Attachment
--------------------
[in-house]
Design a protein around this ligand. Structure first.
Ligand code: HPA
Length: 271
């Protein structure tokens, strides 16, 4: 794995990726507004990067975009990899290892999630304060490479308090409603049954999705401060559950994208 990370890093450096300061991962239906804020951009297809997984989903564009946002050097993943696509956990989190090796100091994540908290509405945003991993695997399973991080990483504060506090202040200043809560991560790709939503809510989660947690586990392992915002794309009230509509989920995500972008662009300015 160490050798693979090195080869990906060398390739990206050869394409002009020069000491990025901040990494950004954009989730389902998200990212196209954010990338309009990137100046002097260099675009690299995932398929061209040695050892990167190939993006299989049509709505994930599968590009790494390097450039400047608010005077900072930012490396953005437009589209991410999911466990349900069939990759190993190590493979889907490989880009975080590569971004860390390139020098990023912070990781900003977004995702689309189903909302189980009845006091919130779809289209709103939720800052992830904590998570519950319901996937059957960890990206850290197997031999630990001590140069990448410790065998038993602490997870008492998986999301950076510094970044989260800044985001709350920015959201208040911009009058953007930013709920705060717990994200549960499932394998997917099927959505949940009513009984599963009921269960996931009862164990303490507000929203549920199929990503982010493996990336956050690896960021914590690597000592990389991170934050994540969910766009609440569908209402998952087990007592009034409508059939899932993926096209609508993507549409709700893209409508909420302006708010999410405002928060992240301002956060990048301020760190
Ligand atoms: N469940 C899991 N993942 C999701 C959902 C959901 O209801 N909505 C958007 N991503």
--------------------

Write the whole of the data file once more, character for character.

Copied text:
[in-house]
Design a protein around this ligand. Structure first.
Ligand code: HPA
Length: 271
């Protein structure tokens, strides 16, 4: 794995990726507004990067975009990899290892999630304060490479308090409603049954999705401060559950994208 990370890093450096300061991962239906804020951009297809997984989903564009946002050097993943696509956990989190090796100091994540908290509405945003991993695997399973991080990483504060506090202040200043809560991560790709939503809510989660947690586990392992915002794309009230509509989920995500972008662009300015 160490050798693979090195080869990906060398390739990206050869394409002009020069000491990025901040990494950004954009989730389902998200990212196209954010990338309009990137100046002097260099675009690299995932398929061209040695050892990167190939993006299989049509709505994930599968590009790494390097450039400047608010005077900072930012490396953005437009589209991410999911466990349900069939990759190993190590493979889907490989880009975080590569971004860390390139020098990023912070990781900003977004995702689309189903909302189980009845006091919130779809289209709103939720800052992830904590998570519950319901996937059957960890990206850290197997031999630990001590140069990448410790065998038993602490997870008492998986999301950076510094970044989260800044985001709350920015959201208040911009009058953007930013709920705060717990994200549960499932394998997917099927959505949940009513009984599963009921269960996931009862164990303490507000929203549920199929990503982010493996990336956050690896960021914590690597000592990389991170934050994540969910766009609440569908209402998952087990007592009034409508059939899932993926096209609508993507549409709700893209409508909420302006708010999410405002928060992240301002956060990048301020760190
Ligand atoms: N469940 C899991 N993942 C999701 C959902 C959901 O209801 N909505 C958007 N991503």